However, the presence of a given strain in cattle and badgers is not, as several papers have pointed out, evidence of the direction or force of transmission. As the work published in PNAS illustrated, cattle rapidly transmit TB to badgers, so it is just as likely that cattle are the source for the infection in badgers.

For understandable reasons, you (and Animal Health) tend to focus on the individual farm in seeking to understand the dynamics of bovine TB and in trying to find a solution to it. But the evidence shows that this disease operates over long periods of time and wide spaces that are, at the very least, regional. As we showed, what happened to Bill Madders' herd was part of a wider pattern triggered by cattle movements. The pattern is repeated all over the country and is independent of badgers.

The Badger Trust is in regular contact with TB experts in a wide variety of countries and I can assure you that other nations are utterly amazed at the decision to allow untested livestock movements in the wake of FMD. The NFU drove that profoundly stupid decision and state vets failed to stop it. But you keep on blaming badgers: nothing's ever the fault of farmers, is it?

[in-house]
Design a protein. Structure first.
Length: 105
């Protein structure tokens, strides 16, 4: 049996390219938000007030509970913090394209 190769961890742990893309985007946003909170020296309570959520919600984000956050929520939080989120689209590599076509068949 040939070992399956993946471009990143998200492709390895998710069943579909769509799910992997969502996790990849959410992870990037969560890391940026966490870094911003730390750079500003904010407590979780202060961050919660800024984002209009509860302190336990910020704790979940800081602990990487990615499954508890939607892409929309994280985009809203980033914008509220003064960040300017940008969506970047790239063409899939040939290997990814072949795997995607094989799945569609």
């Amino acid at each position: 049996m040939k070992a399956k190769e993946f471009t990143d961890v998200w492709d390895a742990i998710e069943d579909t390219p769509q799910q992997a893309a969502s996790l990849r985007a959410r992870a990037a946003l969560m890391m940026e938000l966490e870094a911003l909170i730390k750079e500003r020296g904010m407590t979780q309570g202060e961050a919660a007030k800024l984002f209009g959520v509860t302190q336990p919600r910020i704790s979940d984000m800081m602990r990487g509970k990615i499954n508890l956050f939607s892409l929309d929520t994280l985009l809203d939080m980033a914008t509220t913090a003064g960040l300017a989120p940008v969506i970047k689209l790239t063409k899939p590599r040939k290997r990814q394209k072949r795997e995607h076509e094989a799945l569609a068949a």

Matthew said...

You sound like Father Christmas Trevor. "ho ho"

Now , Methodology.
1."A cohort study of 148 herds in the south West of England" ...using "data both prospective (??!) and retrospective and incorporated the RBCT groupings into the results"

2."A retrospective cohort study of restocked herds across Great Britain". using data from the FMD, Vetnet and BCMS.

Seems fairly clear to us.

We covered spoligotypes in our posting of that title. See archive November 2006. A map is easy. Outline of GB, counties outlined and 12 coloured pencils. Very effective it is too. Been the same for 30 years, VLA say. So although your point of who gives what to whom is valid, what it does show is that cattle don't traipse different strains all over the country.

And you are correct in saying that our focus comes from 'our individual farms', rather than a wide picture. When those farms have had no bought in cattle and no cattle contact, then good grief man, where the blazes did this bacteria come from? Sometimes the trees of that 'bigger picture' obscure the wood under one's nose.